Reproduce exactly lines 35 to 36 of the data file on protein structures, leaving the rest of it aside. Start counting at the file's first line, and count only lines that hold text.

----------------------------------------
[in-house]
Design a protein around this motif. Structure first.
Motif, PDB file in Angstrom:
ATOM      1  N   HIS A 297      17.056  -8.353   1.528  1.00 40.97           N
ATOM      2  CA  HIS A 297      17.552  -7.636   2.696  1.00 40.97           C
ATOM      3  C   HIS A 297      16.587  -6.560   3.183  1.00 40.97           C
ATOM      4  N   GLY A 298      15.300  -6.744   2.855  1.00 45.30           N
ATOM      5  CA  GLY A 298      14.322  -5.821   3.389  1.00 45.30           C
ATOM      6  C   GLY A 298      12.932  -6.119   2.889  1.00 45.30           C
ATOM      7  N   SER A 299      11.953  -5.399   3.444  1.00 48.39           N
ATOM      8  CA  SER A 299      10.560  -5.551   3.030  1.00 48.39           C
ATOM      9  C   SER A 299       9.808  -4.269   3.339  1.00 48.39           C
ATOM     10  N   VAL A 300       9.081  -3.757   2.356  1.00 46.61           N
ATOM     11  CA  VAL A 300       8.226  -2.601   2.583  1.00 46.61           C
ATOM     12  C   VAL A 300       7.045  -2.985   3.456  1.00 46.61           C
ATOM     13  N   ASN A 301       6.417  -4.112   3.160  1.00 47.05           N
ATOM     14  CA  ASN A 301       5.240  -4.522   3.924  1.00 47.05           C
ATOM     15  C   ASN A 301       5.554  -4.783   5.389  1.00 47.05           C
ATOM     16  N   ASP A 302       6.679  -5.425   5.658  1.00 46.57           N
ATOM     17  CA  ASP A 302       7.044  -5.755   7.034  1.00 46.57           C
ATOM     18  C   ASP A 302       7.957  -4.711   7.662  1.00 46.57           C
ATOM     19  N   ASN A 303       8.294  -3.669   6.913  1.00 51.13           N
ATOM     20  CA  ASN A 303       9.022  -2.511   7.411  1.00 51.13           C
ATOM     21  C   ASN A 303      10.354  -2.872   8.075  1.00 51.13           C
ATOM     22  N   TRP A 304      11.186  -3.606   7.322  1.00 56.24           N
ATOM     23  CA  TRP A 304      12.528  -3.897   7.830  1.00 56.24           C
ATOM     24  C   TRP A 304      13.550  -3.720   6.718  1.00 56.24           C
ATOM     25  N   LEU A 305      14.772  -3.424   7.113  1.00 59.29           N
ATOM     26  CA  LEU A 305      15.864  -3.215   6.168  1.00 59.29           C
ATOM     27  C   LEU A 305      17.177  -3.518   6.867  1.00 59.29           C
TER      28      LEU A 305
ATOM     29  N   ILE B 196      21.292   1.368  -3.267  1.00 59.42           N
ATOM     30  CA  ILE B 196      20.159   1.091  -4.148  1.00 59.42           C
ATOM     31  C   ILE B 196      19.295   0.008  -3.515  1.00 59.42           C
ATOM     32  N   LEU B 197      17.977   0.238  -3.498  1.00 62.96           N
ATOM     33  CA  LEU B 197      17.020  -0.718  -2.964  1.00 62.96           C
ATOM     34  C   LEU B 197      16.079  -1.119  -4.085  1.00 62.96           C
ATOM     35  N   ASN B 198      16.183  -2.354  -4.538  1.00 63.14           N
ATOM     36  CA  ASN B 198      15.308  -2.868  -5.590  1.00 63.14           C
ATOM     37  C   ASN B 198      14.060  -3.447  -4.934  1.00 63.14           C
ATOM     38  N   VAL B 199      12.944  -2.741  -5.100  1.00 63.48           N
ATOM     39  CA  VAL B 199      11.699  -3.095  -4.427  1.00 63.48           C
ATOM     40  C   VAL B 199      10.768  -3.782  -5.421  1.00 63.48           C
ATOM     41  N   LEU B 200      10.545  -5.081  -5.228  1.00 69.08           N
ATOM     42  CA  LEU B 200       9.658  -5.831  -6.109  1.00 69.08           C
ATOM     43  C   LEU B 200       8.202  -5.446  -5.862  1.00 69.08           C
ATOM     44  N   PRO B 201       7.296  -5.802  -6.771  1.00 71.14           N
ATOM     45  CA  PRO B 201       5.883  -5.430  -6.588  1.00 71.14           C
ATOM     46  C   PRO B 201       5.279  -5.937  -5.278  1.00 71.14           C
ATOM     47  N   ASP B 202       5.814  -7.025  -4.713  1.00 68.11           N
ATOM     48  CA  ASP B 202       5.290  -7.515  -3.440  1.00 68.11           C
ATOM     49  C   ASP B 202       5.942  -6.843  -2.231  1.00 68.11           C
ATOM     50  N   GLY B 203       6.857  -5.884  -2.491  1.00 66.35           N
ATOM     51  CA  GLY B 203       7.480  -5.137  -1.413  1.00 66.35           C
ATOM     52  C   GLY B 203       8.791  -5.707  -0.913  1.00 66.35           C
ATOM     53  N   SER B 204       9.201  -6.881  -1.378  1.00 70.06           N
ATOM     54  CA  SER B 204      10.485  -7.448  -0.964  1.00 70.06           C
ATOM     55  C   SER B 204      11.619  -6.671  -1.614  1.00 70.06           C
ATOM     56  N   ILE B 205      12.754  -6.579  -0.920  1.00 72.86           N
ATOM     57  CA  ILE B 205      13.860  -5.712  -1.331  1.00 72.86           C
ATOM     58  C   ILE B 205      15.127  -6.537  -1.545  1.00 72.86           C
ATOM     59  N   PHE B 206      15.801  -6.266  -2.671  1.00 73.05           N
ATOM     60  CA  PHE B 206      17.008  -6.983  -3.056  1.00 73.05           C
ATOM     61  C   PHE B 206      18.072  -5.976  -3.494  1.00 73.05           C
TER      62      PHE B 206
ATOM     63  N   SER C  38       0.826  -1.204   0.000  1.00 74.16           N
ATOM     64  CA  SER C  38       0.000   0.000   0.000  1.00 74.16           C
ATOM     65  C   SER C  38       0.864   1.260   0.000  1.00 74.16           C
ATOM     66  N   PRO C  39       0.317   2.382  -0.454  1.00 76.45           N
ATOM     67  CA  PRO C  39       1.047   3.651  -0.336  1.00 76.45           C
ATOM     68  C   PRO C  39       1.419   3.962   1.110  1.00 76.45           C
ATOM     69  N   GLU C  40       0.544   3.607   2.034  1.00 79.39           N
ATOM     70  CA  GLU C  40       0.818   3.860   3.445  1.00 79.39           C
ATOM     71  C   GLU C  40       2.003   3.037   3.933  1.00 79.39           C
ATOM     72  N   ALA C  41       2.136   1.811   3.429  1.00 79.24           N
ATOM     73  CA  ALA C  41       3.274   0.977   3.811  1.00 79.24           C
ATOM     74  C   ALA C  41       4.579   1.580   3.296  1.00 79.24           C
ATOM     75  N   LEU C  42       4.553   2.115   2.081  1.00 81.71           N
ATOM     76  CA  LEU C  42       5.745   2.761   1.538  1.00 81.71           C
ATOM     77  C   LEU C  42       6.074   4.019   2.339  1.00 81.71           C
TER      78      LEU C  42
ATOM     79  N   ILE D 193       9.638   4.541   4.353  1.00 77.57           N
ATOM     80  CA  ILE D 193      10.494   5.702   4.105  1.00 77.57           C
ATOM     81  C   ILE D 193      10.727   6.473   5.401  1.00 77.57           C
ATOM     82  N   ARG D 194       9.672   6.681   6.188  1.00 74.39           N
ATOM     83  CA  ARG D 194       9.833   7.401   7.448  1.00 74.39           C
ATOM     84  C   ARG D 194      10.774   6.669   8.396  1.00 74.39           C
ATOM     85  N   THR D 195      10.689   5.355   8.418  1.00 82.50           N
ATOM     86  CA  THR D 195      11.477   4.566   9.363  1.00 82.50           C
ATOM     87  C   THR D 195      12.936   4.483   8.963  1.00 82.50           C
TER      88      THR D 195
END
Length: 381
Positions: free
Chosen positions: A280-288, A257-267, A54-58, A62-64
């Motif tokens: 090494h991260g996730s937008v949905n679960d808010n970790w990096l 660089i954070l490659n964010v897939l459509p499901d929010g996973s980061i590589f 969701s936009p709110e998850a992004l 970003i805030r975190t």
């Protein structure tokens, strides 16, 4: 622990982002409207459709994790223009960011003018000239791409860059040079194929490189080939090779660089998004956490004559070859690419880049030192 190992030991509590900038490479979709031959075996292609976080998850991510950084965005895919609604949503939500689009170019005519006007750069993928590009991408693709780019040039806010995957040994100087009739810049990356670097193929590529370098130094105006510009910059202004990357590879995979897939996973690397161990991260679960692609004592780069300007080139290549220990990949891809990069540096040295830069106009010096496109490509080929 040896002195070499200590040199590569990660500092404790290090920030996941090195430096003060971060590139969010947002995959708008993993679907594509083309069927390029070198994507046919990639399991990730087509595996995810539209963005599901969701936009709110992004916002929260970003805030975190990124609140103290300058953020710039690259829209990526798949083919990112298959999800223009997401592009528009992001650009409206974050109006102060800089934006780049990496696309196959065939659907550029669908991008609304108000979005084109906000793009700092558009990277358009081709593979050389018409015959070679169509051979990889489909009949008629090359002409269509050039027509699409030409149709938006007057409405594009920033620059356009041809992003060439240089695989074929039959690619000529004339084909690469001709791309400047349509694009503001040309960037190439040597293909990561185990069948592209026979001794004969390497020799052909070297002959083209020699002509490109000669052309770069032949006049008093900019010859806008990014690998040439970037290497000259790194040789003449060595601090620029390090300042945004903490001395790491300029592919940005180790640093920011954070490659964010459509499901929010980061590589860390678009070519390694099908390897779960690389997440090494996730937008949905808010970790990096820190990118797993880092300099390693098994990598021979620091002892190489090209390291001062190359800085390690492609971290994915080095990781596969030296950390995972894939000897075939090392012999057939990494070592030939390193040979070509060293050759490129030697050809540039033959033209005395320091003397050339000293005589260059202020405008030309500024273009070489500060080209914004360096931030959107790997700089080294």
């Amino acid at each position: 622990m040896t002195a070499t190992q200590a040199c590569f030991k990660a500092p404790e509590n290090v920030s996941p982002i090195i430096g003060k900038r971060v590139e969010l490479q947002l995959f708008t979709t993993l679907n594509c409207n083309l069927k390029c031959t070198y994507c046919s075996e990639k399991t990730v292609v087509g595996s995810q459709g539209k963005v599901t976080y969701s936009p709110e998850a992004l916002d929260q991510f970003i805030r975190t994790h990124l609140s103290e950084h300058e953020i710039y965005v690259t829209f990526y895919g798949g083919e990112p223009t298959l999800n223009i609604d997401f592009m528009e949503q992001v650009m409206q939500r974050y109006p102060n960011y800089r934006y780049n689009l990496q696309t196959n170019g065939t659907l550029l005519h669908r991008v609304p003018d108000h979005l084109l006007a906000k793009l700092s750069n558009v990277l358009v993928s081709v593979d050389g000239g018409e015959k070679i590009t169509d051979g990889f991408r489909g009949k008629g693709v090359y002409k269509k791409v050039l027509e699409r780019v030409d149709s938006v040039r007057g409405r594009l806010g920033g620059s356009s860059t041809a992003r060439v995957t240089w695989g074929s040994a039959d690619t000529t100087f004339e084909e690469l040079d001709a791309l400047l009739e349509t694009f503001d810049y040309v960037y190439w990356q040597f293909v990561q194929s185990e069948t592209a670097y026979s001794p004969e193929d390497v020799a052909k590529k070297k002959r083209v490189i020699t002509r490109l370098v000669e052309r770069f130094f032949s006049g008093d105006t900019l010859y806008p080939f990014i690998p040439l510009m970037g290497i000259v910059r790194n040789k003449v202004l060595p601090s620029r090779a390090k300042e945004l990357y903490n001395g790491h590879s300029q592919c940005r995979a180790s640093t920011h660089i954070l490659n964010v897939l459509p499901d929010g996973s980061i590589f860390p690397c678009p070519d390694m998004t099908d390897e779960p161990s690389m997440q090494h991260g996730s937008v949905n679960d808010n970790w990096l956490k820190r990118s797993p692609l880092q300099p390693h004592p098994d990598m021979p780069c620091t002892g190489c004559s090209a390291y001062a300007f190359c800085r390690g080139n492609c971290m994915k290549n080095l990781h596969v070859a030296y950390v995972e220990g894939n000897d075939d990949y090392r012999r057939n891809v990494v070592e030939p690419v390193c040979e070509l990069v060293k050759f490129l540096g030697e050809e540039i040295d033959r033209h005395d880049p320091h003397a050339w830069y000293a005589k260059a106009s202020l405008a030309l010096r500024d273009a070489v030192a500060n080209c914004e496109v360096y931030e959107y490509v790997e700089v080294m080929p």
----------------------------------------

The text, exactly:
ATOM     32  N   LEU B 197      17.977   0.238  -3.498  1.00 62.96           N
ATOM     33  CA  LEU B 197      17.020  -0.718  -2.964  1.00 62.96           C